The Caves of Androzani
Written by Robert Holmes, directed by Graham Harper
Transmitted: 8–16 March 1984
“You have the mouth of a prattling jackanapes, but your eyes tell a different story.”
Doctor Who had been running for 21 years in 1984. The program had been many things; comedic, historical, dramatic and strange… but rarely was it as dramatic and action-oriented as it was in The Caves of Androzani. The story is something of a worst case scenario. Each week, viewers had traditionally seen the Doctor and his companion(s) arrive in a situation, get captured, escape, and foil the villain. In this story the setting is far more violent and the villains outside the ability of the Doctor’s powers to stop them. This is not a tale about alien invasion or mad scientists. This is a story about corrupt business and government involved in a never-ending drug war. Seldom had Doctor Who attempted to tell such an important story, translating current events through its unique lens of science fiction. But this story used a script by one of the all time great authors of Doctor Who, Robert Holmes (Spearhead from Space, Carnival of Monsters, The Time Warrior, The Ark in Space, Pyramids of Mars, The Brain of Morbius Talons of Weng Chiang, etc) in perhaps his best form. It was also directed by Graeme Harper, a young somewhat newcomer to the role who would go on to direct some of the most striking Who stories ever (even into the new program when he returned for Rise of the Cybermen/The Age of Steel, Doomsday, 42 and more.
Peter Davison had signed on for three years as the Doctor when he was asked to take on the part by John Nathan-Turner. During the program’s 20th series, Davison’s second, he became increasingly frustrated and decided to stick to this plan. He later regretted this decision as his final year was a vast improvement (and it shows in his performance that he was far happier with the material as well), but we will never know what a fourth year of Davison as the Doctor would be like. Yet, if you are going to go out… there are few swan songs better than Caves of Androzani.
Looking for some sand for an off-screen repair job, the Doctor lands on desolate Androzani Minor. When Peri points out that they are surrounded by sand, the Doctor points out that he requires specific sand for his glass blowing, a technique that he learned in a monastery long ago. All of this dialog is lost on screen, but contained in the script which develops the interplay of the Doctor and Peri, something that will become more important as the plot unfolds. The Doctor is famous for walking blindly into dangerous situations, but here Peri vocally asks herself it is wise to just wander into some dank caves on an alien world.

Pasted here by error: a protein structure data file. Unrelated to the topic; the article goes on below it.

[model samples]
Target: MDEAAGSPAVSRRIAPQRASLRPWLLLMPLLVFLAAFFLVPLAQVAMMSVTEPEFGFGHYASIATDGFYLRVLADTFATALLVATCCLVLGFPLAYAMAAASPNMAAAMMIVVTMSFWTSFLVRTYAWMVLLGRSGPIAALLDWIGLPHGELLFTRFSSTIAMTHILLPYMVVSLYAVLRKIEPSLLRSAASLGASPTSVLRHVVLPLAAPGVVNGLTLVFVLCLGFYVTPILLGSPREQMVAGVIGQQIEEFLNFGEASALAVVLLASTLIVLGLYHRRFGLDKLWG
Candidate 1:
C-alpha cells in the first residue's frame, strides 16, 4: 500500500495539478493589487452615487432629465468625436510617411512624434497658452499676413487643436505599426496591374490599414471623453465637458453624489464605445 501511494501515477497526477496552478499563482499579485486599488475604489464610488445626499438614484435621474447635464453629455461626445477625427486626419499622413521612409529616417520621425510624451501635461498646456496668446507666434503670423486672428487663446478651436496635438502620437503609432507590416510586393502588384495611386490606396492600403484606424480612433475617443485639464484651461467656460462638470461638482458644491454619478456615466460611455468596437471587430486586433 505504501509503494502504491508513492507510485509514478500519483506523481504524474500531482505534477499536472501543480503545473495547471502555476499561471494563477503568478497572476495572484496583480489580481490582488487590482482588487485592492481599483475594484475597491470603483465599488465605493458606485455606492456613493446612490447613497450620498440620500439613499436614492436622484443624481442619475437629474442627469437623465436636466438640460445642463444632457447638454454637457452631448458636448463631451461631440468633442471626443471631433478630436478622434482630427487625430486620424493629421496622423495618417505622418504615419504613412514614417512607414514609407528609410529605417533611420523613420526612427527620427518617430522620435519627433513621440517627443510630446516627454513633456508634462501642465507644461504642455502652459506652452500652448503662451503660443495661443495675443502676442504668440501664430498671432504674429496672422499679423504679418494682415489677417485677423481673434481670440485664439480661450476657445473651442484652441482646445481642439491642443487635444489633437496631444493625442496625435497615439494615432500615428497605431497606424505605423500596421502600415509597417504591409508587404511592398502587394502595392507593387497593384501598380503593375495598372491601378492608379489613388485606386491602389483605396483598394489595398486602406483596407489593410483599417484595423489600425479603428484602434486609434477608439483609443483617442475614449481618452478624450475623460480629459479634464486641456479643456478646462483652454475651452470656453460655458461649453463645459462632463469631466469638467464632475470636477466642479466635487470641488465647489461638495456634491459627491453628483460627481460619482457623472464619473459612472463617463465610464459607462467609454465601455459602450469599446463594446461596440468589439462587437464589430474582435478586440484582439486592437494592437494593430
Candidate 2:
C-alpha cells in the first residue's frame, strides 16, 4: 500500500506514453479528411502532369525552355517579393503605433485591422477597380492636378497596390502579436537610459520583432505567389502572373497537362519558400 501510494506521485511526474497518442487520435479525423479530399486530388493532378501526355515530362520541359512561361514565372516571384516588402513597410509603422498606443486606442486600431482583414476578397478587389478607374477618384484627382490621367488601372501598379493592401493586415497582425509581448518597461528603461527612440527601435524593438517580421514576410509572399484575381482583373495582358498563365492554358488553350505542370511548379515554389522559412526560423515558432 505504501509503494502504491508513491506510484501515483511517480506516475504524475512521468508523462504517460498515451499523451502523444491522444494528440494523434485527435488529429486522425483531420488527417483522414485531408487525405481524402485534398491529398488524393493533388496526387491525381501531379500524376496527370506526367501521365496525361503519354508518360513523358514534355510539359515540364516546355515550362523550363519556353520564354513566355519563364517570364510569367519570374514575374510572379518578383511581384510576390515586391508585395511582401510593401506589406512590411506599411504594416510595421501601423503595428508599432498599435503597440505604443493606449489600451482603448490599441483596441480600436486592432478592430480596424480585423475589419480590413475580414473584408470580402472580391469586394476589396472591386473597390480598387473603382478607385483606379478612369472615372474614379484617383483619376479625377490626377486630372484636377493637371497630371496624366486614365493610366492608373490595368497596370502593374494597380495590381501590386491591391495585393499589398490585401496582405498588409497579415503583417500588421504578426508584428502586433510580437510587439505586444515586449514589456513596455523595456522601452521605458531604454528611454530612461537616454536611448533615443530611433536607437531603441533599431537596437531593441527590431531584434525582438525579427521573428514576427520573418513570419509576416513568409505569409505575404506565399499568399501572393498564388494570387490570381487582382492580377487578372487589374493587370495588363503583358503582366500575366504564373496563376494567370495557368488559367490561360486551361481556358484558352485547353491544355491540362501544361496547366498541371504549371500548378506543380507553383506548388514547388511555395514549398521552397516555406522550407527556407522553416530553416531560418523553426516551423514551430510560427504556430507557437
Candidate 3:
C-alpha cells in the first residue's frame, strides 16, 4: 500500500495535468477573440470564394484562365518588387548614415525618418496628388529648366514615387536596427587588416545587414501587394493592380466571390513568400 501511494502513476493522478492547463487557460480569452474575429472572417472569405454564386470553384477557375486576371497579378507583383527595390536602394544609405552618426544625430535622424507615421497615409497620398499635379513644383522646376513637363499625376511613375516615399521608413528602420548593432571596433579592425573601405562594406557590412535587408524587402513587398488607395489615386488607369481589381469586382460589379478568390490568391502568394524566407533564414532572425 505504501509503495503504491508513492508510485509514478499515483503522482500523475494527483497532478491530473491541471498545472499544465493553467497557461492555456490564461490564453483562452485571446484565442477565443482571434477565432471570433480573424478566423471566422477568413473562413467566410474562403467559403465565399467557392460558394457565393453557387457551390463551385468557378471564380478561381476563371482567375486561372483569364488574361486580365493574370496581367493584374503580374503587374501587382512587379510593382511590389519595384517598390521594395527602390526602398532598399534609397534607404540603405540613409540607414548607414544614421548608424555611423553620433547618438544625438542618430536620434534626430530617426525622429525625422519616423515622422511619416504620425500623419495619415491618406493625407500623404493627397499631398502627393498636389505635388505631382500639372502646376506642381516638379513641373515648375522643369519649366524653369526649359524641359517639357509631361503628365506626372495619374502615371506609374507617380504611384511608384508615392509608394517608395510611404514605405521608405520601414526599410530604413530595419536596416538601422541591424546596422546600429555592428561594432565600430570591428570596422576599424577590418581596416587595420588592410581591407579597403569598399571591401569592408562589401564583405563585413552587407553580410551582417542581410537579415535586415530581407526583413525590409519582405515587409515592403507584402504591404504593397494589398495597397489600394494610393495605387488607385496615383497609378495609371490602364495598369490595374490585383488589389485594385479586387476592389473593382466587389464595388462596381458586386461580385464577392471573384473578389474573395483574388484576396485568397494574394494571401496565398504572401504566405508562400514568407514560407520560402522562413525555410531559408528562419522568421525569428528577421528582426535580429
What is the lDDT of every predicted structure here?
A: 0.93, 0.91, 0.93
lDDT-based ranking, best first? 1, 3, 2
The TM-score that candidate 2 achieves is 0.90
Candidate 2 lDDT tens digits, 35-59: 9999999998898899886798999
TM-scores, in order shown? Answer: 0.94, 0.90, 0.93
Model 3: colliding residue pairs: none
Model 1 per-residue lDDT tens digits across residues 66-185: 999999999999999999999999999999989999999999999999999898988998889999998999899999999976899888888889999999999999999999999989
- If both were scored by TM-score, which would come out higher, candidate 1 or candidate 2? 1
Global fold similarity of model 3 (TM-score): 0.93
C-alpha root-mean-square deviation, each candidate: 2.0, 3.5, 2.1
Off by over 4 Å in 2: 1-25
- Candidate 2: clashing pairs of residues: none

Soon, Peri has become infected with a fungus unknown to the Doctor and they have become embroiled in a private war between troops from Androzani Major and some mercenary gun-runners supplying arms to the rebel Sharaz Jek. Mis-identified s criminals, the Doctor and Peri are executed by firing squad.
The powerful Trau Morgus watches the events unfold from Androzani Major, where he brokers deals with the government to prolong the war indefinitely. Unfortunately, the President of the local government has decided to bow to the public’s need for spectrox, a unique miracle drug that can more than double one’s life form, a material found only on Androzani Minor which is under control of Sharaz Jak and his army of androids.
While it appears that they are dead, Peri and the Doctor were actually replaced by android replicas at the last minute and abducted by Jak. They find that their savior is somewhat mad and driven by a vengeful blood food with Trau Morgus that goes back many years when Morgus left Jak for dead in a mud flow. It becomes clear early on that the Doctor is stuck in a dire complicated situation that he must extricate himself from before he and/or Peri are killed. Then he discover that the fungal infection is terminal. The odds have seldom been so against the Doctor and rather than vanquish evil, he must instead dig deep if he hopes to survive this time.
Using his wits, the Doctor escapes captivity only to become captured by Stotz and headed back to Androzani Major to meet his employer, Trau Morgus. Yes, Morgus is playing both sides of the war on drugs and profiting quite well. Somewhat madly, the Doctor breaks his restraints, gains control of the ship and crashes it back on Androzani Minor. Dodging bullets fired by the mercenaries and explosion of scalding mud shooting from the center of the planet, he desperately attempts to find a cure to spetrox toxemia… this in turn leads to a quest into the bowels on the planet to draw milk from the giant vampire bats.